Autonomous vehicles can help in overcoming the ‘last mile problem’ to improve passenger services. They could collect and drop off passengers at the station as soon as the train arrives, making door-to-door journeys seamless. Such implications will make travelling by rail more accessible and increase rail use amongst passengers who may have previously encountered difficulty with rail travel, such as young families and disabled people.

Autonomous locomotives enable trains to run closer together because when such a train slows down it can communicate with the train behind it to reduce its speed in real-time. This will also allow for softer braking and acceleration, thus making energy use on trains more efficient. Such features have enabled, automated metros in Paris to run at an interval of only 85 seconds.

In the freight sector, developments could include driverless freight containers that load and unload themselves from trains could be produced. This would allow for the simultaneous unloading of several containers at once, which would make the process faster and more efficient.

What uncertainties remain?

In 2019 there was a high-profile case in which a Tesla driver was killed after his car failed to automatically stop when a trailer turned ahead of him.  An almost identical event had previously happened in 2016.  There was also an incident in Arizona where a pedestrian was fatally struck by an autonomous taxi. 

Concerns about how vulnerable driverless cars are to cyber-crime and security breaches have also been raised due to the potential for harm against both passengers and pedestrians.
Object perception is a limiting factor for full autonomy, as cameras can be sensitive to extreme sunlight. Defective traffic lights or infrastructure can disturb the on-board computer causing it to behave erratically in new situations, such as during power outages.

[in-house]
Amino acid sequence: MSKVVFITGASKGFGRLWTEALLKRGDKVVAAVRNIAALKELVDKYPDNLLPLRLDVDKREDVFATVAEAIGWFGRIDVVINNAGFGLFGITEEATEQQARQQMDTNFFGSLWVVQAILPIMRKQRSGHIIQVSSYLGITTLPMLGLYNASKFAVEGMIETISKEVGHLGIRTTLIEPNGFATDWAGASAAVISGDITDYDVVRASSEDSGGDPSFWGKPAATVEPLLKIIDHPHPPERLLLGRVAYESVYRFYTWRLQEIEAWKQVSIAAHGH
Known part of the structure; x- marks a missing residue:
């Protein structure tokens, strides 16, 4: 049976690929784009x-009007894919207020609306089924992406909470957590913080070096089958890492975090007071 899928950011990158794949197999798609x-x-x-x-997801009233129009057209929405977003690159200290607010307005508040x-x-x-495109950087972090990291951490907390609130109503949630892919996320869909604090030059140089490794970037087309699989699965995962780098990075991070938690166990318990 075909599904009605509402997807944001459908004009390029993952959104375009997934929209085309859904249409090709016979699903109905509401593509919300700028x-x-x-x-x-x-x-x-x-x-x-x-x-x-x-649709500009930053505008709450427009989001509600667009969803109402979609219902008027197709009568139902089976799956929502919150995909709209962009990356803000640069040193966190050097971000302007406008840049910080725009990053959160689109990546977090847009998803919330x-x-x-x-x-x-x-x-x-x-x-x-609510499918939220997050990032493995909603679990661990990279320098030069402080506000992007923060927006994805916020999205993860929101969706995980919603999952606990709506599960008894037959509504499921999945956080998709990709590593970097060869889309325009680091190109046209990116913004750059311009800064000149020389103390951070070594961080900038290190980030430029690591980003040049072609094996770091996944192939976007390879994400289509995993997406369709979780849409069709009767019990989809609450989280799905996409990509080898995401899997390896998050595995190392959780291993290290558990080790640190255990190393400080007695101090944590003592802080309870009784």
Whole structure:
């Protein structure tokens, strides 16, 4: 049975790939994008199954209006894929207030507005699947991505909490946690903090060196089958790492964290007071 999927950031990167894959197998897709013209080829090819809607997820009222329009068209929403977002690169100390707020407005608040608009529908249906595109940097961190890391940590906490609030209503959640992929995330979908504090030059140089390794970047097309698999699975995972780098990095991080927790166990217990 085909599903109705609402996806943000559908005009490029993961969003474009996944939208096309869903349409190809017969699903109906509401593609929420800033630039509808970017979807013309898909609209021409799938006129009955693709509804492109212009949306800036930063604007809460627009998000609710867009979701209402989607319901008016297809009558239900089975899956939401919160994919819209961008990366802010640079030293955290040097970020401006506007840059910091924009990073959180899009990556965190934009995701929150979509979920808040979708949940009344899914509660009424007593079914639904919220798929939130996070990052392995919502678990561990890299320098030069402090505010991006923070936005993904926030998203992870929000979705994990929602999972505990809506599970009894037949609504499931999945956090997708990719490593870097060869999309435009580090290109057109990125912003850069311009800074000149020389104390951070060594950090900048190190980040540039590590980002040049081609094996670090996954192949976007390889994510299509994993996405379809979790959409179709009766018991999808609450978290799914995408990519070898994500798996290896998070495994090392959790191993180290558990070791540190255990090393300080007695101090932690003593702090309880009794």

What is the current state of R&D?

Since each type of sensor has its own set of limitations, research is being conducted into combine the data these generate into a cohesive system of ‘sensor fusion’. The data can then be fed into the AI to anticipate how pedestrians and other road vehicles will behave. The University of Michigan has taught autonomous cars avoid collisions by using cameras to predict a pedestrian’s course of action based on their pose from up to 50 m away.

Driverless cars use neural networks to classify images and formulate an appropriate response. More reliable neural networks that can process data faster are being trained by the University of Glasgow.

What should the rail industry do?

Competition is the largest threat that driverless cars pose to the rail industry. The rail industry could attempt to combat this by focussing on delivering amenities that can be provided on a train but not in a car, such as warm food and toilet facilities, especially on long-distance journeys. Furthermore, the rail industry could focus on being the more convenient method of commuting to busy cities without the issue of congestion, and at being faster than a car over long distances. Finally, as autonomous rail vehicles become more prevalent and running costs decrease, services to rural communities, which tend to be less profitable, could be made more frequent.

Essentially, by integrating driverless cars into the rail business model could turn this threat to an opportunity. Not being limited to a specific location will enable driverless cars to collect and carry passengers from the train to their destination, as mentioned above in the Heathrow airport example.  

In Great Britain, the rail industry could develop long-distance autonomous rail routes which would allow the network to function more cohesively, with trains sharing live location and speed data, such as that being developed in Australia.